Why do scientists strive to learn the language of animals? It is not a matter of communication. Primarily, they want to understand nonhuman logic and use it for deciphering messages from extraterrestrials.
Let us assume that scientists get an encoded message from aliens. The message needs to be decoded or at least singled out from a cacophony of space signals. Lawrence Doyle, a researcher at the Search for Extraterrestrial Intelligence Institute in Mountain View, California, came up with a way to find evidence of extraterrestrial origins in the language of dolphins.
Doyle and a team of specialists from the University of California used communications methods based on a mathematical technique for analyzing any sequence of symbols e.g. series of DNA units, figures, letters or phrases.
First and foremost, it is necessary to be sure that a signal really contains some sort of information. George Zipf, a linguist at Harvard University, devised a method for counting different letters in a typical English text. The linguist counted the number of different letters occurrence in a typical English text. Then he drew a chart for the occurrence frequency of letters in a given order and on a logarithmic scale. Thus he came up with an incline with an angular coefficient that equals -1. The angular coefficient for the text in other languages proved to be the same. At the same time, a random combination of letters devoid of information did not have any slant at all. In other words, a meaningless bunch of words will amount to zero on the chart if filtered through the mathematical formulas.
The researchers used the Zipf method for studying the dolphins’ whistle. The results looked slightly out of the ordinary, because the dolphins’ whistle produced the same angular coefficient as the human languages did on the chart. The “chatter” of the monkeys turned out much more primitive. Therefore, dolphins are closer to humans in terms of intelligence, according to the researchers. Now they need to understand what the “whistlers” are trying to say to humans.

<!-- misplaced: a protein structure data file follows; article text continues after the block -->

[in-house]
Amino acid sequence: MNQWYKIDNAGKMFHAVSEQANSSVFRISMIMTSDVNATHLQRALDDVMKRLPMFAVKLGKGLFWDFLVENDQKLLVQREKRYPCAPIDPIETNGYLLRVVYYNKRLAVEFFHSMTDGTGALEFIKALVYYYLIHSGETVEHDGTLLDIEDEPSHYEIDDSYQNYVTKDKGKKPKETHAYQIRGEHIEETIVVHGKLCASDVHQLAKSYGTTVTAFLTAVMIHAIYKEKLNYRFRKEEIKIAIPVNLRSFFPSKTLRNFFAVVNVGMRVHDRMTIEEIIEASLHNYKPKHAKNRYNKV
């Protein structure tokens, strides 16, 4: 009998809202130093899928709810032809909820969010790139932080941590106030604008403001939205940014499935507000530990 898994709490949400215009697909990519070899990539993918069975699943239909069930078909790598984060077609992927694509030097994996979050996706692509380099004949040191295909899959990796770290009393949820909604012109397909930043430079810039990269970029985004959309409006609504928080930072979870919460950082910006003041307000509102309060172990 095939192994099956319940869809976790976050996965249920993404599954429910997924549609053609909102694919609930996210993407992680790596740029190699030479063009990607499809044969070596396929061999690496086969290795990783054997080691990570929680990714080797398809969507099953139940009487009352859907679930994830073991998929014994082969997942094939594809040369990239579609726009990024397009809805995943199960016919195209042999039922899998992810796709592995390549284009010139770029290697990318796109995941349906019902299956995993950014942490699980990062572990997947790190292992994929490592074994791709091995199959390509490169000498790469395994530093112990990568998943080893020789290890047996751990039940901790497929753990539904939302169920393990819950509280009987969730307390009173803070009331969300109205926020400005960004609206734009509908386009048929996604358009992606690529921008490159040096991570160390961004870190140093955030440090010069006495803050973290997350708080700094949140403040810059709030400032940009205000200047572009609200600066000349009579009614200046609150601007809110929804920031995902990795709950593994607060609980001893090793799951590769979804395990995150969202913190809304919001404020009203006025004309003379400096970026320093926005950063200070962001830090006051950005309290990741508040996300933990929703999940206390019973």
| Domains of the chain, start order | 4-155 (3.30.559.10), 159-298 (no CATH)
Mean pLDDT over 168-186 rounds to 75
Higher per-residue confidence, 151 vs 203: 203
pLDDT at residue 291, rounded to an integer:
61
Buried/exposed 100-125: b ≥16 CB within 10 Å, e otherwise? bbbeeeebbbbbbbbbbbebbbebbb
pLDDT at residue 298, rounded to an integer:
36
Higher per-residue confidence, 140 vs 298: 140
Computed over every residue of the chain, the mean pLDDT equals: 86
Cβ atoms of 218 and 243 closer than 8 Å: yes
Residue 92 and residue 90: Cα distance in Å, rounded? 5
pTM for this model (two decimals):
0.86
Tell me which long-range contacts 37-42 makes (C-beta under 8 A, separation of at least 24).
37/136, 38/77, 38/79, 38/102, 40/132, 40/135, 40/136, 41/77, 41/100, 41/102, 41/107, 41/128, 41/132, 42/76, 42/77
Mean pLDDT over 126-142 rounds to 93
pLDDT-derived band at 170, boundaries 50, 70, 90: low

Dolphins have long become an inspiration for numerous authors of most kooky theories. One of the latest theories was put forward by Simon Clark, an astronomer at the Kennedy Space Center. He maintains that dolphins are indigenous to one of the moons of Jupiter. “Next to humans, dolphins could be the most intelligent creatures in our solar system so forget ‘the little green men,” said Cark at a press conference in Florida this January.
NASA’s Galileo noticed some movement under a thick ice layer of Europa, the Jovian moon, while flying past it at an altitude of 400 kilometers several years ago. The probe’s sound sensors reportedly detected a whistle coming right out of the ice cover. Until recently NASA has kept all data pertaining to the Galileo Interstellar Mission under wraps. The details of the findings are still coming through.
“Scientists were just amazed at the results of a computer analysis of the data. The frequency of the sounds coming from the moon’s ocean was found to be equal to that of the sounds produced by dolphins on Earth! The error margin is 0.001%,” said Clark.
At the moment it is impossible to identify the life forms “communicating” with one another in the oceans of Europa. However, a fresh theory says they could be similar to common dolphins.
Are dolphins and humans the most intelligent creatures in the Universe? We put the question to Vladislava Tarchevskaya, a researcher at the Laboratory of Bioacoustics, she has been studying issues relating to dolphins’ sound communication for many years.
“They might as well be the smartest ones,” Tarchevskaya said. “The creatures have enormous capabilities. The frequencies range they use is a lot wider than that used by humans. The range of our sound communication normally stays within a frequency band of 20 kilohertz (musicians can tell sounds ranging up to 40 kilohertz). And dolphins use an “extended” frequency range going up to 300 kilohertz. Moreover, our research shows that dolphins have approximately the same number of levels with respect to the sound organization i.e. six. The number breaks down as follows: sound, syllable, word, phrase, paragraph, context. Humans can tell the meaning starting from a third level (word) and upward. We don’t know yet where it starts in the case of dolphins. Meanwhile, both for humans and dolphins the sound organization is nearly the same in terms of complexity. On the whole, there are lots of noticeable parallels between the two species: Homo Sapiens and Orcinus Orca. Not unlike humans, dolphins can eat any creature while no animal dare attack them. The span of dolphin life resembles an average human lifespan. Dolphins reach maturity at the same age as humans do, they are very sociable, live in families. They even have dialects, something that is akin to our languages.”
Translated by Guerman Grachev
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